In just a little over half a century, the field of information retrieval has experienced spectacular growth and success, with IR applications such as search engines becoming a billion-dollar industry in the past decades. Recommender systems have seen an even more meteoric rise to success with wide-scale application by companies like Amazon, Facebook, and Netflix. But are search and recommendation really two different fields of research that address different problems with different sets of algorithms in papers published at distinct conferences?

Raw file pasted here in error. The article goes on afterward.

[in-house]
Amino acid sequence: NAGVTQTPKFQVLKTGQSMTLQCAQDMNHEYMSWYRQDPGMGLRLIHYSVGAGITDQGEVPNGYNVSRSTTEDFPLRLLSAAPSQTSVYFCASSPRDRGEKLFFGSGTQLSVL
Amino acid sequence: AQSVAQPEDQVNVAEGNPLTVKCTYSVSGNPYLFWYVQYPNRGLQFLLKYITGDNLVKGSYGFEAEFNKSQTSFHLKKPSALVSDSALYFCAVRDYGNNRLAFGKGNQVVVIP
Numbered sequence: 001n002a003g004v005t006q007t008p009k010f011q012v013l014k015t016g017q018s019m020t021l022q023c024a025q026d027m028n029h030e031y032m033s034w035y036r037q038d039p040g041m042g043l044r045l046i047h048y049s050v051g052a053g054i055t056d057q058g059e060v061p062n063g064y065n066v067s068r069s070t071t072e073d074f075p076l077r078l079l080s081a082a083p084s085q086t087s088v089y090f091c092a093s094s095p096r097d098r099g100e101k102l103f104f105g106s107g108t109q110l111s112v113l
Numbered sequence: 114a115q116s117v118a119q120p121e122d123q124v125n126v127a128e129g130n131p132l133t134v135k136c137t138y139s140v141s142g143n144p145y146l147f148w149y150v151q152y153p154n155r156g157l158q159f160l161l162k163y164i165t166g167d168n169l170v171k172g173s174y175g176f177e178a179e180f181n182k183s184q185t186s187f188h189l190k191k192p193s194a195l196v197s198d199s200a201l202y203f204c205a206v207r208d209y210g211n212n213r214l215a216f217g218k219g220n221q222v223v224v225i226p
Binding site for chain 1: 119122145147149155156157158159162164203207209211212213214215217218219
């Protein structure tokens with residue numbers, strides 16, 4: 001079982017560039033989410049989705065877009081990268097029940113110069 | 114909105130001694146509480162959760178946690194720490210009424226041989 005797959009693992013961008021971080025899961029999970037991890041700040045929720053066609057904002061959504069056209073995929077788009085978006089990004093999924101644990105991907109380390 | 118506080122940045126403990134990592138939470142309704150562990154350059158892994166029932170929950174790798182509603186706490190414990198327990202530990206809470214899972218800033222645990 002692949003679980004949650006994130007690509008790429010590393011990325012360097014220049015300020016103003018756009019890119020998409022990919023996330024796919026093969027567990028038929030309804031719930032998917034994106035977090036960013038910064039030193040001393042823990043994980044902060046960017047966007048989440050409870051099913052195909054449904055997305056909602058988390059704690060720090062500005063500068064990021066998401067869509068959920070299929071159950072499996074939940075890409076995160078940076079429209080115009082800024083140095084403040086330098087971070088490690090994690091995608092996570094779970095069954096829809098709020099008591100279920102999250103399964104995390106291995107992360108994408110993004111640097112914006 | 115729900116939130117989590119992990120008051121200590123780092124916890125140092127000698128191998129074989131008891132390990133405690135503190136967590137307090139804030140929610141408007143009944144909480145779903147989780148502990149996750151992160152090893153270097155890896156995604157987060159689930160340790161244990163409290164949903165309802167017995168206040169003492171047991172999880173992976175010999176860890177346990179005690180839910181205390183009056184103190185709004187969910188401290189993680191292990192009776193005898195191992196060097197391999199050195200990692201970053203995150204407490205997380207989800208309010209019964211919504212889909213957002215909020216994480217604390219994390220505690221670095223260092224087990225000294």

In my talk, I want to argue that search and recommendation are more similar than they have been treated in the past decade. By looking more closely at the tasks and problems that search and recommendation try to solve, at the algorithms used to solve these problems and at the way their performance is evaluated, I want to show that there is no clear black and white division between the two. Instead, search and recommendation are part of a much more fluid continuum of methods and techniques for information access.
(Keynote at "Mind The Gap '14" workshop at the iConference 2014 in Berlin, Germany)